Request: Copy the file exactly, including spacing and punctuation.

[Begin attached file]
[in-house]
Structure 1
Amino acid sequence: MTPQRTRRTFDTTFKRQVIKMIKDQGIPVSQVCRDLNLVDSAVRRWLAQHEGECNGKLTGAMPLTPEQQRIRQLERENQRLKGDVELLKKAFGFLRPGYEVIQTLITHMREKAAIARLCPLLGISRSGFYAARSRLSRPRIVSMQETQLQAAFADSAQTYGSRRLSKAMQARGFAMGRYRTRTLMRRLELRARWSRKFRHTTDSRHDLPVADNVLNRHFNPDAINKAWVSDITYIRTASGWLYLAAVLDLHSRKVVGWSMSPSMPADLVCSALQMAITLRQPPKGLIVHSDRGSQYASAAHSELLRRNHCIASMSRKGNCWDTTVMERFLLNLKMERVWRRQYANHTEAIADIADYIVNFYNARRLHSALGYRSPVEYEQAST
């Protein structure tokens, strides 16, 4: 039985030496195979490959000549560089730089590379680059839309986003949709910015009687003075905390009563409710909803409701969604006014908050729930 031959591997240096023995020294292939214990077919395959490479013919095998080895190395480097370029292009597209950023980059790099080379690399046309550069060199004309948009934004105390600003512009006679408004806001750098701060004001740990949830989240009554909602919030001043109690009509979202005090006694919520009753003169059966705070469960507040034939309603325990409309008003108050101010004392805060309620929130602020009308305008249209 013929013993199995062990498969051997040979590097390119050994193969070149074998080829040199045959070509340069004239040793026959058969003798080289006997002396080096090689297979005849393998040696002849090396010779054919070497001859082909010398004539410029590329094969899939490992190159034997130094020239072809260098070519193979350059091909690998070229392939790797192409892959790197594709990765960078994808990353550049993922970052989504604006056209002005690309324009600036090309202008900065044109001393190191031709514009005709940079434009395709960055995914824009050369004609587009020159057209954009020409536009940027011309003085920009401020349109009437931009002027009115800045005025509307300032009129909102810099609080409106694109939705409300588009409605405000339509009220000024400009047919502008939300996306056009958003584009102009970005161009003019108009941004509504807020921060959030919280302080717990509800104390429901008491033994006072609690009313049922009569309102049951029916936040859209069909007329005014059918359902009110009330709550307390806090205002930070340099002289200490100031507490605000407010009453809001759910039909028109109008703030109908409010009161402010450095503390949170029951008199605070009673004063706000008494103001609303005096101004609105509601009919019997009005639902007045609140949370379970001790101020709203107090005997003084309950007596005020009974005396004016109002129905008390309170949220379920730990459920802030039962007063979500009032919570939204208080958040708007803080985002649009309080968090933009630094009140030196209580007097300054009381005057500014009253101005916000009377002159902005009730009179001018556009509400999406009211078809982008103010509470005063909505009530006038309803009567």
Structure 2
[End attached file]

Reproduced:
[in-house]
Structure 1
Amino acid sequence: MTPQRTRRTFDTTFKRQVIKMIKDQGIPVSQVCRDLNLVDSAVRRWLAQHEGECNGKLTGAMPLTPEQQRIRQLERENQRLKGDVELLKKAFGFLRPGYEVIQTLITHMREKAAIARLCPLLGISRSGFYAARSRLSRPRIVSMQETQLQAAFADSAQTYGSRRLSKAMQARGFAMGRYRTRTLMRRLELRARWSRKFRHTTDSRHDLPVADNVLNRHFNPDAINKAWVSDITYIRTASGWLYLAAVLDLHSRKVVGWSMSPSMPADLVCSALQMAITLRQPPKGLIVHSDRGSQYASAAHSELLRRNHCIASMSRKGNCWDTTVMERFLLNLKMERVWRRQYANHTEAIADIADYIVNFYNARRLHSALGYRSPVEYEQAST
């Protein structure tokens, strides 16, 4: 039985030496195979490959000549560089730089590379680059839309986003949709910015009687003075905390009563409710909803409701969604006014908050729930 031959591997240096023995020294292939214990077919395959490479013919095998080895190395480097370029292009597209950023980059790099080379690399046309550069060199004309948009934004105390600003512009006679408004806001750098701060004001740990949830989240009554909602919030001043109690009509979202005090006694919520009753003169059966705070469960507040034939309603325990409309008003108050101010004392805060309620929130602020009308305008249209 013929013993199995062990498969051997040979590097390119050994193969070149074998080829040199045959070509340069004239040793026959058969003798080289006997002396080096090689297979005849393998040696002849090396010779054919070497001859082909010398004539410029590329094969899939490992190159034997130094020239072809260098070519193979350059091909690998070229392939790797192409892959790197594709990765960078994808990353550049993922970052989504604006056209002005690309324009600036090309202008900065044109001393190191031709514009005709940079434009395709960055995914824009050369004609587009020159057209954009020409536009940027011309003085920009401020349109009437931009002027009115800045005025509307300032009129909102810099609080409106694109939705409300588009409605405000339509009220000024400009047919502008939300996306056009958003584009102009970005161009003019108009941004509504807020921060959030919280302080717990509800104390429901008491033994006072609690009313049922009569309102049951029916936040859209069909007329005014059918359902009110009330709550307390806090205002930070340099002289200490100031507490605000407010009453809001759910039909028109109008703030109908409010009161402010450095503390949170029951008199605070009673004063706000008494103001609303005096101004609105509601009919019997009005639902007045609140949370379970001790101020709203107090005997003084309950007596005020009974005396004016109002129905008390309170949220379920730990459920802030039962007063979500009032919570939204208080958040708007803080985002649009309080968090933009630094009140030196209580007097300054009381005057500014009253101005916000009377002159902005009730009179001018556009509400999406009211078809982008103010509470005063909505009530006038309803009567």
Structure 2